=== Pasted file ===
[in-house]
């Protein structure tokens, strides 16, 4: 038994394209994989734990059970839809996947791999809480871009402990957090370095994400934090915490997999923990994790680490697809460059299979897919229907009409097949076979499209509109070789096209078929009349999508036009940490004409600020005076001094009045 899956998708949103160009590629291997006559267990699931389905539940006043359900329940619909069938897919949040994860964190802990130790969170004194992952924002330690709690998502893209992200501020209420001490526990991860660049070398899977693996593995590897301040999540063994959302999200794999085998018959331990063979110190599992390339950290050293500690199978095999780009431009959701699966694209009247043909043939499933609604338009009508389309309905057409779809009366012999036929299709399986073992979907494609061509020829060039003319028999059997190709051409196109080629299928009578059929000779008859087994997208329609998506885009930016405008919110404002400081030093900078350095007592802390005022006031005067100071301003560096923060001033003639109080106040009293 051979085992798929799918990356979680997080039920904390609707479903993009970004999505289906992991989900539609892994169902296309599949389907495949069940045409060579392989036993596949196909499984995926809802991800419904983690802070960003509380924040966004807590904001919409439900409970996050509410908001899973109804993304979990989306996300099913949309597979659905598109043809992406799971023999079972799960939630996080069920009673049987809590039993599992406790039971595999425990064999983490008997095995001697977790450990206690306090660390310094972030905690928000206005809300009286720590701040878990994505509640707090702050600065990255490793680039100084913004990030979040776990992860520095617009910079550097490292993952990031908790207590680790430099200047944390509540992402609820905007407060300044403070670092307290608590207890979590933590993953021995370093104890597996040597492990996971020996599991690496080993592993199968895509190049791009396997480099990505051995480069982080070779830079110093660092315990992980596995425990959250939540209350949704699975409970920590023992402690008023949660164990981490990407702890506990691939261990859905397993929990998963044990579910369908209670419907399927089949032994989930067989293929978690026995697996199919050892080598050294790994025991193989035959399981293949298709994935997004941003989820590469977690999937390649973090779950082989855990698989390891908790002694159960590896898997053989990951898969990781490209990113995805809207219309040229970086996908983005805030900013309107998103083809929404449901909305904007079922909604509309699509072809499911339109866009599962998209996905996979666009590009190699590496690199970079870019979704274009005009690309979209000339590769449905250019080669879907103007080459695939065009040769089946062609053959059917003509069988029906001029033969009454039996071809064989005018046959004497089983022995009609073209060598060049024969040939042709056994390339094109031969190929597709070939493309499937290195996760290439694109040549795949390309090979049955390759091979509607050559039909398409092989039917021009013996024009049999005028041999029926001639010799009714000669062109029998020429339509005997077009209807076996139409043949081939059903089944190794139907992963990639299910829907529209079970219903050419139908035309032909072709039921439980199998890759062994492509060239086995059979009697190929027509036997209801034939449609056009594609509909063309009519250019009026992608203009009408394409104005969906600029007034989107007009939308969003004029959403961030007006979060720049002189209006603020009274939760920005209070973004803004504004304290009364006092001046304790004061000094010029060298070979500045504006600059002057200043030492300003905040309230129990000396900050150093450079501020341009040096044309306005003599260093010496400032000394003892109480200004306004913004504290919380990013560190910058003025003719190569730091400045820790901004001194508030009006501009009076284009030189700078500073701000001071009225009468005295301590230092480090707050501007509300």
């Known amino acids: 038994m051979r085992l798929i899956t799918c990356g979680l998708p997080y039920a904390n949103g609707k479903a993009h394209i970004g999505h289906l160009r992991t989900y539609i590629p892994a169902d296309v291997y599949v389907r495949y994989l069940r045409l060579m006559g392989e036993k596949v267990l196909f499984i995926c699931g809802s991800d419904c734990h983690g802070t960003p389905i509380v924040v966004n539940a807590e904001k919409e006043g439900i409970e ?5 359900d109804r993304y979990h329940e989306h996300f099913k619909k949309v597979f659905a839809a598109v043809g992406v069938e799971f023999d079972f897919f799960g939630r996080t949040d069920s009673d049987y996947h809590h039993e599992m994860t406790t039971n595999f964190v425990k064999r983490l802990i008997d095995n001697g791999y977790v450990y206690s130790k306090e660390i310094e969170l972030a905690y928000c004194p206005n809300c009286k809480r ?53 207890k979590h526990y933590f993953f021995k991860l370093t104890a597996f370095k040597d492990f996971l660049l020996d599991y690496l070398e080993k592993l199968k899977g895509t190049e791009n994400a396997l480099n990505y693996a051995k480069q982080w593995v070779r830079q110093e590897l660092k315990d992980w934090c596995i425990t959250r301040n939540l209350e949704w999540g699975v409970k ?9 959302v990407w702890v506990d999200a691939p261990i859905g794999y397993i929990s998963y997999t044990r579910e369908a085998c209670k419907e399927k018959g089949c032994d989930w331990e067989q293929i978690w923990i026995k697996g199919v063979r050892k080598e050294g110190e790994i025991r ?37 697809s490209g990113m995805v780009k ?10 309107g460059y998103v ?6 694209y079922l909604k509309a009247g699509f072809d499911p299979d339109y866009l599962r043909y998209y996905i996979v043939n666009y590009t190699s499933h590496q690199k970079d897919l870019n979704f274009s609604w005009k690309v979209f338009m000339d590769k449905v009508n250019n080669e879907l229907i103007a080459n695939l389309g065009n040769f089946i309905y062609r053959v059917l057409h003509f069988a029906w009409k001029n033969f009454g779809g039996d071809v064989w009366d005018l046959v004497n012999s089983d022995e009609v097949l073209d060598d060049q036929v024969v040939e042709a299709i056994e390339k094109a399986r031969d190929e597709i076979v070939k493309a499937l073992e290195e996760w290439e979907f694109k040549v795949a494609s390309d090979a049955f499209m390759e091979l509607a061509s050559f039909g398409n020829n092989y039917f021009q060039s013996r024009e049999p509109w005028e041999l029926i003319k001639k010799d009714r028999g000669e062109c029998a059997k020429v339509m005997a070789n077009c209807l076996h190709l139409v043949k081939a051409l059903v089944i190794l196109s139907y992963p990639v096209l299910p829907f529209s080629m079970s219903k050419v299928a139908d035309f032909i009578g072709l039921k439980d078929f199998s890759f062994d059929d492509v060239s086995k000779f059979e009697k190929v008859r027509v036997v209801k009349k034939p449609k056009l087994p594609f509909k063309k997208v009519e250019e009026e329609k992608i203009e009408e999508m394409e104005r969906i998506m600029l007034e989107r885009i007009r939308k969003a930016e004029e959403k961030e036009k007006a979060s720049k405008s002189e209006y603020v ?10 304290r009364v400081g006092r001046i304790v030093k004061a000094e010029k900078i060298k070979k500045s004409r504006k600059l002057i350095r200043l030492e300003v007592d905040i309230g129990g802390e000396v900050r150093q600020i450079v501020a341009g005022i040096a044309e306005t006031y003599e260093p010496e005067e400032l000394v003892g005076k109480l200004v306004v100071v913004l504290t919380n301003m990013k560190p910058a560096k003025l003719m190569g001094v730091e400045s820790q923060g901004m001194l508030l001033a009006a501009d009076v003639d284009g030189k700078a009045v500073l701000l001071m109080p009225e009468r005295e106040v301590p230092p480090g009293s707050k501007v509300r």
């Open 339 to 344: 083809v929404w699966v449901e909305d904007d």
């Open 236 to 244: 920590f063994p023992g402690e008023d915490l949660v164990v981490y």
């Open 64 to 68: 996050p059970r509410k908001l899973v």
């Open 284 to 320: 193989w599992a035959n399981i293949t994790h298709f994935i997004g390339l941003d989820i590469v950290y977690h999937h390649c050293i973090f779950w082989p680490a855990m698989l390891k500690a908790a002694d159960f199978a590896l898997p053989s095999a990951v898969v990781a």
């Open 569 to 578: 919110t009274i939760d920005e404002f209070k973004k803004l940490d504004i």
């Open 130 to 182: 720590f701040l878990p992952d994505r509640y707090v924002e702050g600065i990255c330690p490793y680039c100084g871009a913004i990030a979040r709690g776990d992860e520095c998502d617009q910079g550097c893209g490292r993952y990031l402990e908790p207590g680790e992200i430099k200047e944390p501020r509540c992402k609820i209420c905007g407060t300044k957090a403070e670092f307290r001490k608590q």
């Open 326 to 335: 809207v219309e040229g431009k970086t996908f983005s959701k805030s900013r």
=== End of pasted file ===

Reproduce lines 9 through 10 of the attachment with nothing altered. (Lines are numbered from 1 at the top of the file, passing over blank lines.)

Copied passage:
């Open 130 to 182: 720590f701040l878990p992952d994505r509640y707090v924002e702050g600065i990255c330690p490793y680039c100084g871009a913004i990030a979040r709690g776990d992860e520095c998502d617009q910079g550097c893209g490292r993952y990031l402990e908790p207590g680790e992200i430099k200047e944390p501020r509540c992402k609820i209420c905007g407060t300044k957090a403070e670092f307290r001490k608590q």
């Open 326 to 335: 809207v219309e040229g431009k970086t996908f983005s959701k805030s900013r």